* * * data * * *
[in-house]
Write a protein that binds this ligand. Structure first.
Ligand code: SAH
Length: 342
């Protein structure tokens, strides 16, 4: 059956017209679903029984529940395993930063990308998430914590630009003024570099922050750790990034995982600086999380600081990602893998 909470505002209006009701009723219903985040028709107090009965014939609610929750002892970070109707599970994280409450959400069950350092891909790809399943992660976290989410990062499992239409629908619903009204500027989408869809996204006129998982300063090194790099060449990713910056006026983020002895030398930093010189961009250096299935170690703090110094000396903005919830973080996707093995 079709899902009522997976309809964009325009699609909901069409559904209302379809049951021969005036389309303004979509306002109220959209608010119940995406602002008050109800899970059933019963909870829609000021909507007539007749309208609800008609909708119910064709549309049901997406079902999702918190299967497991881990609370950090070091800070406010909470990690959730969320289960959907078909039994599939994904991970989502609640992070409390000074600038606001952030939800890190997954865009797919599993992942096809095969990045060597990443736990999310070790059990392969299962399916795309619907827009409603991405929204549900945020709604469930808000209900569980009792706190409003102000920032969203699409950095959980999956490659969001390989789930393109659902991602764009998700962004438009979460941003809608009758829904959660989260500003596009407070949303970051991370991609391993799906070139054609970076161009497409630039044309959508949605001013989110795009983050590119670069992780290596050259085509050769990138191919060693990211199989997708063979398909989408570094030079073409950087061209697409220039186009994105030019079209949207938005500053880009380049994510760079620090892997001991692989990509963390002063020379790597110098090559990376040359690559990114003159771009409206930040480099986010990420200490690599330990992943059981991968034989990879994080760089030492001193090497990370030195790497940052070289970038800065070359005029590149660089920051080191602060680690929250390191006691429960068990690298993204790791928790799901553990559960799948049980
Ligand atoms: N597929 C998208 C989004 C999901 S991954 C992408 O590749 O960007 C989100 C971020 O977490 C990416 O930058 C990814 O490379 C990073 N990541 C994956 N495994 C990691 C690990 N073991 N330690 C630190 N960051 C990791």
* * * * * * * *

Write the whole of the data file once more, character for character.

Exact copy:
[in-house]
Write a protein that binds this ligand. Structure first.
Ligand code: SAH
Length: 342
């Protein structure tokens, strides 16, 4: 059956017209679903029984529940395993930063990308998430914590630009003024570099922050750790990034995982600086999380600081990602893998 909470505002209006009701009723219903985040028709107090009965014939609610929750002892970070109707599970994280409450959400069950350092891909790809399943992660976290989410990062499992239409629908619903009204500027989408869809996204006129998982300063090194790099060449990713910056006026983020002895030398930093010189961009250096299935170690703090110094000396903005919830973080996707093995 079709899902009522997976309809964009325009699609909901069409559904209302379809049951021969005036389309303004979509306002109220959209608010119940995406602002008050109800899970059933019963909870829609000021909507007539007749309208609800008609909708119910064709549309049901997406079902999702918190299967497991881990609370950090070091800070406010909470990690959730969320289960959907078909039994599939994904991970989502609640992070409390000074600038606001952030939800890190997954865009797919599993992942096809095969990045060597990443736990999310070790059990392969299962399916795309619907827009409603991405929204549900945020709604469930808000209900569980009792706190409003102000920032969203699409950095959980999956490659969001390989789930393109659902991602764009998700962004438009979460941003809608009758829904959660989260500003596009407070949303970051991370991609391993799906070139054609970076161009497409630039044309959508949605001013989110795009983050590119670069992780290596050259085509050769990138191919060693990211199989997708063979398909989408570094030079073409950087061209697409220039186009994105030019079209949207938005500053880009380049994510760079620090892997001991692989990509963390002063020379790597110098090559990376040359690559990114003159771009409206930040480099986010990420200490690599330990992943059981991968034989990879994080760089030492001193090497990370030195790497940052070289970038800065070359005029590149660089920051080191602060680690929250390191006691429960068990690298993204790791928790799901553990559960799948049980
Ligand atoms: N597929 C998208 C989004 C999901 S991954 C992408 O590749 O960007 C989100 C971020 O977490 C990416 O930058 C990814 O490379 C990073 N990541 C994956 N495994 C990691 C690990 N073991 N330690 C630190 N960051 C990791």